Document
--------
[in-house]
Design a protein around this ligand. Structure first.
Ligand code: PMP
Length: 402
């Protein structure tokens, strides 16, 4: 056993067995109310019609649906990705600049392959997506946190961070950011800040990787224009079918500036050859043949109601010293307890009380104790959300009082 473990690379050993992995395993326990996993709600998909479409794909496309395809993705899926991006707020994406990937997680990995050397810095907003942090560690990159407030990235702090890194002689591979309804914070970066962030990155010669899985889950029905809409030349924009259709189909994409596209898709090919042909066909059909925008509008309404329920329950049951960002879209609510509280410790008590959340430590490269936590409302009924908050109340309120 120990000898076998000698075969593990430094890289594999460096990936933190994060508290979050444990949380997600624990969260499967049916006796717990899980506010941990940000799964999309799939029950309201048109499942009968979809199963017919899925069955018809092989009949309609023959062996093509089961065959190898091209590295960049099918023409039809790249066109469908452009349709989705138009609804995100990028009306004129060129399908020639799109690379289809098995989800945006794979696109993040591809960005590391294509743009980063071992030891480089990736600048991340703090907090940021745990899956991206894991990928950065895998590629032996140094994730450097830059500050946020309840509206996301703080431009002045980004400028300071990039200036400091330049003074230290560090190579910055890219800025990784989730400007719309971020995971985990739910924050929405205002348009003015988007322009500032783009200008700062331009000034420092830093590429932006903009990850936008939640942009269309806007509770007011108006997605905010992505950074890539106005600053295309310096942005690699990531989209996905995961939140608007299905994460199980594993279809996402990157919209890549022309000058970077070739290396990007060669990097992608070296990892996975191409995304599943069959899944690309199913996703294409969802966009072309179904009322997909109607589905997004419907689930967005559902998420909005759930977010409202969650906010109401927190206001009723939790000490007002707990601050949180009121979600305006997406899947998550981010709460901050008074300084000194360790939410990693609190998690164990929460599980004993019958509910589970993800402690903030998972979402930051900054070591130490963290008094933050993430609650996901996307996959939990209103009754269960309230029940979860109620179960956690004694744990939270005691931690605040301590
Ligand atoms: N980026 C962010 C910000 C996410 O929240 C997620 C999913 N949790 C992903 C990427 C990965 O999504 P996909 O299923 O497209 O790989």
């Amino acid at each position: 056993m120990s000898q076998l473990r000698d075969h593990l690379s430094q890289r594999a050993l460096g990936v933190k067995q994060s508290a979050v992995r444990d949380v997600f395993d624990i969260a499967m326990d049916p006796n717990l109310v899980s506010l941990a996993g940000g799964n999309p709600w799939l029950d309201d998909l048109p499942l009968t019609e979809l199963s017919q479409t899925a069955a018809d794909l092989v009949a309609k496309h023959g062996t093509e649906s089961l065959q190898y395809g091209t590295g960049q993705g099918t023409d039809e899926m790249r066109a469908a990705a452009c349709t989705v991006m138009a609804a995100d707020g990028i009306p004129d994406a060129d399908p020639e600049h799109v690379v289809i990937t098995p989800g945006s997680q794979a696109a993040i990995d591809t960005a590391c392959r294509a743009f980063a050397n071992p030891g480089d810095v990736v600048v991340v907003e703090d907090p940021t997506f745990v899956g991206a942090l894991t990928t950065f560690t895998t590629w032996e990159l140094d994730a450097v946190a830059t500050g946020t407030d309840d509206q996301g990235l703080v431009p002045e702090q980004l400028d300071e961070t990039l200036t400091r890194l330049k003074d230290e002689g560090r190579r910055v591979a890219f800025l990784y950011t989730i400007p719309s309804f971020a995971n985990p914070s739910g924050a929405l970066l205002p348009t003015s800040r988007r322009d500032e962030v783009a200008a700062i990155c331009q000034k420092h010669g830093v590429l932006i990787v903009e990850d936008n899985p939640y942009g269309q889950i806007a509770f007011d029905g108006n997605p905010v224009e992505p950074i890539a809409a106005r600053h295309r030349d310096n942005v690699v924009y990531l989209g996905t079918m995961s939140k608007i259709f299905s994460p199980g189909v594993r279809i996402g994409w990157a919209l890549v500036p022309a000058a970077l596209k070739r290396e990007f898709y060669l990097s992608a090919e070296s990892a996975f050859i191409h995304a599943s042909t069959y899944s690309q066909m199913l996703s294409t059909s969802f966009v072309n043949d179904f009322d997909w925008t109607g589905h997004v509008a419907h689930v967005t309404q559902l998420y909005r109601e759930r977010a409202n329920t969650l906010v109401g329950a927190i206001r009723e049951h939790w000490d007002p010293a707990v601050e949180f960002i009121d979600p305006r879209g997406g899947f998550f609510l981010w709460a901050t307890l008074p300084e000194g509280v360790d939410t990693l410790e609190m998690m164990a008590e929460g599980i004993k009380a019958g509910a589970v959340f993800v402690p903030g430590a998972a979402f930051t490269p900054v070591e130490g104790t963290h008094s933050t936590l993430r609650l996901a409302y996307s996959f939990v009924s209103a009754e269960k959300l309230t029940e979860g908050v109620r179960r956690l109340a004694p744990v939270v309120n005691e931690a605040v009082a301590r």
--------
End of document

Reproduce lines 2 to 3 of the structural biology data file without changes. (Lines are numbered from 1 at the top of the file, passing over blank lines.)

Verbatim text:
Design a protein around this ligand. Structure first.
Ligand code: PMP